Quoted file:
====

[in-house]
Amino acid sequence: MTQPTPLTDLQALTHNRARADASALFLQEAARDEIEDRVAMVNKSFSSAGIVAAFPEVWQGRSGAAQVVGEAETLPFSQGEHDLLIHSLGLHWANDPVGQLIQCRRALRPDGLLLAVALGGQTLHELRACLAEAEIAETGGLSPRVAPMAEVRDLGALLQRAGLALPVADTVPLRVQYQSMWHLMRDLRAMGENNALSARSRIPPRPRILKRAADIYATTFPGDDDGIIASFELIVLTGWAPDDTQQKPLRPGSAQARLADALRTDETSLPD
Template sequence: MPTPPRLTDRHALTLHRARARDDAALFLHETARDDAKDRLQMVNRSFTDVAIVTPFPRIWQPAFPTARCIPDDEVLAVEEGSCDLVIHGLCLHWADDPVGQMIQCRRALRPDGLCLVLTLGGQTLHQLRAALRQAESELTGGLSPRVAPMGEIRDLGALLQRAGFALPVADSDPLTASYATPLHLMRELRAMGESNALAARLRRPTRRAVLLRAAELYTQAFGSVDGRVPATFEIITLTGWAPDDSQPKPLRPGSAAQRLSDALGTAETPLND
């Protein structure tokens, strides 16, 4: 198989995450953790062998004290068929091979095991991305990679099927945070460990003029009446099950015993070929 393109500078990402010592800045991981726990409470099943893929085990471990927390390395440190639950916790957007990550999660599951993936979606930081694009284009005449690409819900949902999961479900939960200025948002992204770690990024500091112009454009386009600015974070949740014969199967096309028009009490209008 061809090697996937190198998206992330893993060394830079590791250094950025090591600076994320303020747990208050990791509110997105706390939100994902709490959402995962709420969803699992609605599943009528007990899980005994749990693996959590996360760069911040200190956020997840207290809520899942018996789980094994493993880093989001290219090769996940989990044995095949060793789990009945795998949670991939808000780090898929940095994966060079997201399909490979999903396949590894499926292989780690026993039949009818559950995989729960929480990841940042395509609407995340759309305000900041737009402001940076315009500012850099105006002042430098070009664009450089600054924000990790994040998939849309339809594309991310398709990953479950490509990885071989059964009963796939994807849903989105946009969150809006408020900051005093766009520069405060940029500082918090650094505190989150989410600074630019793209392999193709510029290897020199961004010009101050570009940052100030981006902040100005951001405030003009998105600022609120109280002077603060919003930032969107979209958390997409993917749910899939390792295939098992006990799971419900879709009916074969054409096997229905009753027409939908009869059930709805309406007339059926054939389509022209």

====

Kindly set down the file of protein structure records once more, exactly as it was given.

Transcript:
[in-house]
Amino acid sequence: MTQPTPLTDLQALTHNRARADASALFLQEAARDEIEDRVAMVNKSFSSAGIVAAFPEVWQGRSGAAQVVGEAETLPFSQGEHDLLIHSLGLHWANDPVGQLIQCRRALRPDGLLLAVALGGQTLHELRACLAEAEIAETGGLSPRVAPMAEVRDLGALLQRAGLALPVADTVPLRVQYQSMWHLMRDLRAMGENNALSARSRIPPRPRILKRAADIYATTFPGDDDGIIASFELIVLTGWAPDDTQQKPLRPGSAQARLADALRTDETSLPD
Template sequence: MPTPPRLTDRHALTLHRARARDDAALFLHETARDDAKDRLQMVNRSFTDVAIVTPFPRIWQPAFPTARCIPDDEVLAVEEGSCDLVIHGLCLHWADDPVGQMIQCRRALRPDGLCLVLTLGGQTLHQLRAALRQAESELTGGLSPRVAPMGEIRDLGALLQRAGFALPVADSDPLTASYATPLHLMRELRAMGESNALAARLRRPTRRAVLLRAAELYTQAFGSVDGRVPATFEIITLTGWAPDDSQPKPLRPGSAAQRLSDALGTAETPLND
């Protein structure tokens, strides 16, 4: 198989995450953790062998004290068929091979095991991305990679099927945070460990003029009446099950015993070929 393109500078990402010592800045991981726990409470099943893929085990471990927390390395440190639950916790957007990550999660599951993936979606930081694009284009005449690409819900949902999961479900939960200025948002992204770690990024500091112009454009386009600015974070949740014969199967096309028009009490209008 061809090697996937190198998206992330893993060394830079590791250094950025090591600076994320303020747990208050990791509110997105706390939100994902709490959402995962709420969803699992609605599943009528007990899980005994749990693996959590996360760069911040200190956020997840207290809520899942018996789980094994493993880093989001290219090769996940989990044995095949060793789990009945795998949670991939808000780090898929940095994966060079997201399909490979999903396949590894499926292989780690026993039949009818559950995989729960929480990841940042395509609407995340759309305000900041737009402001940076315009500012850099105006002042430098070009664009450089600054924000990790994040998939849309339809594309991310398709990953479950490509990885071989059964009963796939994807849903989105946009969150809006408020900051005093766009520069405060940029500082918090650094505190989150989410600074630019793209392999193709510029290897020199961004010009101050570009940052100030981006902040100005951001405030003009998105600022609120109280002077603060919003930032969107979209958390997409993917749910899939390792295939098992006990799971419900879709009916074969054409096997229905009753027409939908009869059930709805309406007339059926054939389509022209």